Resolved: The United States federal government should enforce antitrust regulations on technology giants (Intro)

Bibliography Pro Essay   Con Essay



The NSDA NCFL PF resolution asks the question of whether or not the United States federal government should enforce “antitrust regulations” on “technology” giants.
In this introductory essay, I will review key terms so that you can gain an understanding of the resolution, introduce the basic ideas behind the Pro and Con arguments, including framework, and then make some larger strategic suggestions.
Additional essays will cover the details of the Pro and Con arguments.

The Meaning of the Resolution

The term “United States federal government” is clear. At least in debate, everyone understands it to be the central government that is in Washington, DC. Some definitions say it includes the state governments, but those definitions also assume the state governments are part of the national government.
I originally though the term “technology giants” was a poor wording choice, as it seems like a vague concept, but it does refer to specific companies –

Dave Zielinski, January 29, 2019, // SHRM
The Technology Giants Are Moving into HR. Facebook, Google and Microsoft are making deeper forays into the HR technology market, leading to faster consumerization of HR technology platforms, increasing competition for existing vendors and giving HR leaders more choices in tech solutions.

It also includes Amazon

Ayoub Aoud, November 3, 2018, //
How technology giants are using their reach and digital prowess to take on traditional banks (GOOG, GOOGL, AAPL, FB, MSFT, AMZN)

There are some additional, related definitions in the release, and you may find definitions that list more than these companies, but these large technology companies are generally what the resolution is talking about.
“Antitrust regulations” are generally considered to be laws that are designed to prevent particular companies from monopolizing (controlling all of) the business in a particular sector of the economy.

Federal Trade Commission, no date, //
Free and open markets are the foundation of a vibrant economy. Aggressive competition among sellers in an open marketplace gives consumers — both individuals and businesses — the benefits of lower prices, higher quality products and services, more choices, and greater innovation. The FTC’s competition mission is to enforce the rules of the competitive marketplace — the antitrust laws. These laws promote vigorous competition and protect consumers from anticompetitive mergers and business practices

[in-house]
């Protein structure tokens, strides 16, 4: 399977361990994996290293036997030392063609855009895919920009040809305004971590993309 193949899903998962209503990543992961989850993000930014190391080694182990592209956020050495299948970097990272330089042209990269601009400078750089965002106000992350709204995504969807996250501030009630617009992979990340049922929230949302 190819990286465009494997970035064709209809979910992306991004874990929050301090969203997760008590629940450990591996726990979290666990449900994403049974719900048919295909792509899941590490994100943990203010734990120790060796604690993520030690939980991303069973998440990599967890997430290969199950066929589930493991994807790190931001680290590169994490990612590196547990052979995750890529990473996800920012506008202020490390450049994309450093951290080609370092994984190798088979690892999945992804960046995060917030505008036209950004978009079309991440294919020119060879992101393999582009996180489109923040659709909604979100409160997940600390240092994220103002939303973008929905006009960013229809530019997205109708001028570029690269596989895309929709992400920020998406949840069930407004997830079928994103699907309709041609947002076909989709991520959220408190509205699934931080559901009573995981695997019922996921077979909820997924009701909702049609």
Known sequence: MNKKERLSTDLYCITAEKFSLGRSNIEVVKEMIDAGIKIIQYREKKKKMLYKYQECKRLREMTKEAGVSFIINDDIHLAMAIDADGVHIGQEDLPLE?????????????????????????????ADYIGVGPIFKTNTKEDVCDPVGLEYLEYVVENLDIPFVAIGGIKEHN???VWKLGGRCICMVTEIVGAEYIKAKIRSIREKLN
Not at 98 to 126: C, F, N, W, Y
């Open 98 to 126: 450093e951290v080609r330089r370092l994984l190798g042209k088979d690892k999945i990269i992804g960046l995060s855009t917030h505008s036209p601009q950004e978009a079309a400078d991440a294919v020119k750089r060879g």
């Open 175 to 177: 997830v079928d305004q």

So, for example, we do not want their to be only one phone company, Why? Because if there is only one phone company that company can charge any prices they want and they don’t have to innovate and serve customers well to maintain business.
Similarly, we also don’t want companies to do business in other industries, as that would allow a single company to take over all industries, enabling them to raise prices and smash product innovation in those industries as well.
Regulations are simply additional laws that are designed to enforce and implement laws. Congress (or any legislature) passes laws and the Executive branch designs regulations to implement these laws.
The resolution calls for Congress to enforce these regulations.

Collins English Dictionary, //
transitive verb
If people in authority enforce a law or a rule, they make sure that it is obeyed, usually by punishing people who do not obey it. Boulder was one of the first cities in the nation to enforce a ban on smoking.

The resolution requires the Pro to enforce regulations, but it is not clear if it limits the Pro to enforcing existing regulations from current antitrust law.
There are two laws on the books that could potentially be enforced against Big Tech.

Federal Trade Commission, no date, 2017, // The antitrust laws
The Antitrust Laws